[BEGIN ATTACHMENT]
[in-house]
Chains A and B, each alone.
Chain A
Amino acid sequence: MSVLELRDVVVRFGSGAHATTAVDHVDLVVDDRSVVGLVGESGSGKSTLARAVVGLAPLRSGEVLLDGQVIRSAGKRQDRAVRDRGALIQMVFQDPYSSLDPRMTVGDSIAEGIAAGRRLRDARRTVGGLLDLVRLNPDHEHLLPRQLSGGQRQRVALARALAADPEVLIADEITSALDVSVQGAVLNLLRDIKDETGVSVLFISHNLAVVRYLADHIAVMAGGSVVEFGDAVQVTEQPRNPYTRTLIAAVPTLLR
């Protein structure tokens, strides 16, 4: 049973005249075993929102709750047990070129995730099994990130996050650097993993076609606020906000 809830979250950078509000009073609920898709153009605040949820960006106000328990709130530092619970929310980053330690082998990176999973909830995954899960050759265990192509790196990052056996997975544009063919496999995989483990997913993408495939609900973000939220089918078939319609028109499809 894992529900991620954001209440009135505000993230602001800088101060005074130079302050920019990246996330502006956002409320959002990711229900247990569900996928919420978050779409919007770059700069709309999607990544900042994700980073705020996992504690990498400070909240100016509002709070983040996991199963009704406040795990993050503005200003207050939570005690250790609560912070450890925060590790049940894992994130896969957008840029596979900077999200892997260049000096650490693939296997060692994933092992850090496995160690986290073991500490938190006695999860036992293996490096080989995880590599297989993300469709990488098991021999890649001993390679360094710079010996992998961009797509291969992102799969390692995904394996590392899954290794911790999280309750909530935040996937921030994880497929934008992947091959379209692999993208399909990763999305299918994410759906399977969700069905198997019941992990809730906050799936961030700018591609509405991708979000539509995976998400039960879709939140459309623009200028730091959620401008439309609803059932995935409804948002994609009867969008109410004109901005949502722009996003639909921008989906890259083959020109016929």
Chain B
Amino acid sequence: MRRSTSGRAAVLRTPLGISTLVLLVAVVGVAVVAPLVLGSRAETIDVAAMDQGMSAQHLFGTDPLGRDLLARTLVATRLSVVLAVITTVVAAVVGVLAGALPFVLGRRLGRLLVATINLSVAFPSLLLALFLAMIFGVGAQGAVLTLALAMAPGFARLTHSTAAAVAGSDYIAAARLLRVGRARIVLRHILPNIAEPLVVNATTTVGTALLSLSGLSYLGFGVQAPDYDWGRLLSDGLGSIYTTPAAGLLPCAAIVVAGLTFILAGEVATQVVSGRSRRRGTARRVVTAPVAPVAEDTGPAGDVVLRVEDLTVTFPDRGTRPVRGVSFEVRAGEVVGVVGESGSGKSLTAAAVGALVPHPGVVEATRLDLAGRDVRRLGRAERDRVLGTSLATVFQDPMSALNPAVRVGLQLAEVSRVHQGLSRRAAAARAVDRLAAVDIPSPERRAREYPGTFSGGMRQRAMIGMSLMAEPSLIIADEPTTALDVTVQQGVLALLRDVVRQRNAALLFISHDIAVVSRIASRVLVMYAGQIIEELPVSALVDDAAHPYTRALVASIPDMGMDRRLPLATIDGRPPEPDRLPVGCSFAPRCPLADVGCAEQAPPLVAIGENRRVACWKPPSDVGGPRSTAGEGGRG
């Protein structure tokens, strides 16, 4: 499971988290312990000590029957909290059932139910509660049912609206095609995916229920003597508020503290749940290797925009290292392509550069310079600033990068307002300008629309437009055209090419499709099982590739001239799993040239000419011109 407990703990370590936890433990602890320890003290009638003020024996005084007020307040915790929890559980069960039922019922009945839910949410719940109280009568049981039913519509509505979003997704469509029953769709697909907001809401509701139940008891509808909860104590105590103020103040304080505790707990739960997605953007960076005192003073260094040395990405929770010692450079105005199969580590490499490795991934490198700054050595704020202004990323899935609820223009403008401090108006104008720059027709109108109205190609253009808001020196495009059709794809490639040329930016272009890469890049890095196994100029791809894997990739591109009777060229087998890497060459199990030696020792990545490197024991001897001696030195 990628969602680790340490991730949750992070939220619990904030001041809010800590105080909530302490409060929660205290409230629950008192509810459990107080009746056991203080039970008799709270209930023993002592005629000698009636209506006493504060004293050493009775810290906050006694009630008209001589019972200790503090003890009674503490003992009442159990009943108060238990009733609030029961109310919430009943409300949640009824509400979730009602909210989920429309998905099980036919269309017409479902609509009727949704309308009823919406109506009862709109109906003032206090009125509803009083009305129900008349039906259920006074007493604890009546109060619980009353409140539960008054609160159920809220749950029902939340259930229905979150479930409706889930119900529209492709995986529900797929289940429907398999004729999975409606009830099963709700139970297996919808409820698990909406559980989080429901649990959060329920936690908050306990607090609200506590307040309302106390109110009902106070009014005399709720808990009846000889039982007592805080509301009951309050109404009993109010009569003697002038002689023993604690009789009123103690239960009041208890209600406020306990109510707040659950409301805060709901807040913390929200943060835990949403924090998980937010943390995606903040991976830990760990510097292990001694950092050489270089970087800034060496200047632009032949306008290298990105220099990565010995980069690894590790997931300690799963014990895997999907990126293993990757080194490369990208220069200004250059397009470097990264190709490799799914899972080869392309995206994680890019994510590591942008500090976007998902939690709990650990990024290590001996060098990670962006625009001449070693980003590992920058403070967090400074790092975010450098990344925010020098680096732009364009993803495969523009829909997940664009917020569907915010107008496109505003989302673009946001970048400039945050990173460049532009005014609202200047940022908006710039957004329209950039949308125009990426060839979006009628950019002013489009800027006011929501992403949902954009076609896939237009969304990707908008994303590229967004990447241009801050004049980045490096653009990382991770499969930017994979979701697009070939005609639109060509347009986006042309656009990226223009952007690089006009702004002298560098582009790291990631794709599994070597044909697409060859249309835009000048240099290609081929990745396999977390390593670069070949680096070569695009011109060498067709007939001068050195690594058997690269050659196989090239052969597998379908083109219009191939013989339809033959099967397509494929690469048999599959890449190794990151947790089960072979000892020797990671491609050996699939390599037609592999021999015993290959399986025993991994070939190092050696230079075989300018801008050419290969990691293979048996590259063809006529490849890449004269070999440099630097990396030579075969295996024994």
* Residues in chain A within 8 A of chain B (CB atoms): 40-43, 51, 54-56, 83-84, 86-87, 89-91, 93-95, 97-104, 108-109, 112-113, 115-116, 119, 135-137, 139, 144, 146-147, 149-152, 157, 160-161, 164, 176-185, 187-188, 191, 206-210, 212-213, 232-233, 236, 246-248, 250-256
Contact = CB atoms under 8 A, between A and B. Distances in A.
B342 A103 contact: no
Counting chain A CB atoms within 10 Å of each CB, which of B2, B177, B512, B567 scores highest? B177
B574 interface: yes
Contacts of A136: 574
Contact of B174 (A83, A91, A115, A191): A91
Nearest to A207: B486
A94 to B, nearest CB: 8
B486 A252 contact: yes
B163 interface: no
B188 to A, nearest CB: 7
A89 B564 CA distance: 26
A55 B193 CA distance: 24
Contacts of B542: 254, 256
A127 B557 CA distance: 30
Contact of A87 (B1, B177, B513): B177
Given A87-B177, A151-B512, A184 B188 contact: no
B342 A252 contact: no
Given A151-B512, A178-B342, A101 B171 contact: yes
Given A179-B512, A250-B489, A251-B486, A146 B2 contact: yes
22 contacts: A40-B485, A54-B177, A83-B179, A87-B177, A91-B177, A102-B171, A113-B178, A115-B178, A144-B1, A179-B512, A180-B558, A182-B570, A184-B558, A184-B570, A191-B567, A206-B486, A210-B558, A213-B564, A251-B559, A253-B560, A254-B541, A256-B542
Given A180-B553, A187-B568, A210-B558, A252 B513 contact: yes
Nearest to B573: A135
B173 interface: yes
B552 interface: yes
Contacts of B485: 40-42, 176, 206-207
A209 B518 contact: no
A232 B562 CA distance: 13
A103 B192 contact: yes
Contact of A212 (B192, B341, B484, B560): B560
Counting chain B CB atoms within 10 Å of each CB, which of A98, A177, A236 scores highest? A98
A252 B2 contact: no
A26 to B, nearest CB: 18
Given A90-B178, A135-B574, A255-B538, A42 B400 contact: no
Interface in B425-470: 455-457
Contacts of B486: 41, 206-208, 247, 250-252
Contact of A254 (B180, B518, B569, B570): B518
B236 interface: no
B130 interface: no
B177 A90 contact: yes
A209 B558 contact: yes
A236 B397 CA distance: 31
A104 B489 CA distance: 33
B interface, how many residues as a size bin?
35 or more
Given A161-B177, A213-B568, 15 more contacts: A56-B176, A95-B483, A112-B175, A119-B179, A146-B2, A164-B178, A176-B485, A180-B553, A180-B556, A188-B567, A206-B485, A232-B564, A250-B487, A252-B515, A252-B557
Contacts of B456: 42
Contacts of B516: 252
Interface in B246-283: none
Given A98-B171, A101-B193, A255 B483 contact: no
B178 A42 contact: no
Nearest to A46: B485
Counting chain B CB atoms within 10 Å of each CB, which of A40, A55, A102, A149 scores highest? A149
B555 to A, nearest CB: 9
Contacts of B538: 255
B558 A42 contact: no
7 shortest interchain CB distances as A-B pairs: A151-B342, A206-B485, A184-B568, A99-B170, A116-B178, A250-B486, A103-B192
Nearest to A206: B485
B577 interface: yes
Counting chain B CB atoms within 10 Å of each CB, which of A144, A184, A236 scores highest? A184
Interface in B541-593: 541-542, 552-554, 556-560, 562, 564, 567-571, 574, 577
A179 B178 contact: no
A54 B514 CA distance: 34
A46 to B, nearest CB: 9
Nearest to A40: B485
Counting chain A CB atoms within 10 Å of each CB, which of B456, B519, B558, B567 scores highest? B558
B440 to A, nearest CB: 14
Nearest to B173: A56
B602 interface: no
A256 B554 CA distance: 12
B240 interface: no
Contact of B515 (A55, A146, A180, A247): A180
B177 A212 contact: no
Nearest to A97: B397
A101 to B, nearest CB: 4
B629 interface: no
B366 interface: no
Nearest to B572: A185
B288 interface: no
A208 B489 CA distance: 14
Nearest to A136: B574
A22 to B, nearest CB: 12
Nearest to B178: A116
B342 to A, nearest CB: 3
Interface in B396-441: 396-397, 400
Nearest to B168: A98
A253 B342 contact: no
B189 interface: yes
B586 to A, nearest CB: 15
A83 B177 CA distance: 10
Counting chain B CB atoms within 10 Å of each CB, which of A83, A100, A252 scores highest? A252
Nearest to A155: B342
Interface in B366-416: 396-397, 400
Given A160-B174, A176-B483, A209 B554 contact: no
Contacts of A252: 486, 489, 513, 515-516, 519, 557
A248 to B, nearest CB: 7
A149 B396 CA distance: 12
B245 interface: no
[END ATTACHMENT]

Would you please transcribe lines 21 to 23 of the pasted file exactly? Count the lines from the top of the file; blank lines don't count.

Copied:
A89 B564 CA distance: 26
A55 B193 CA distance: 24
Contacts of B542: 254, 256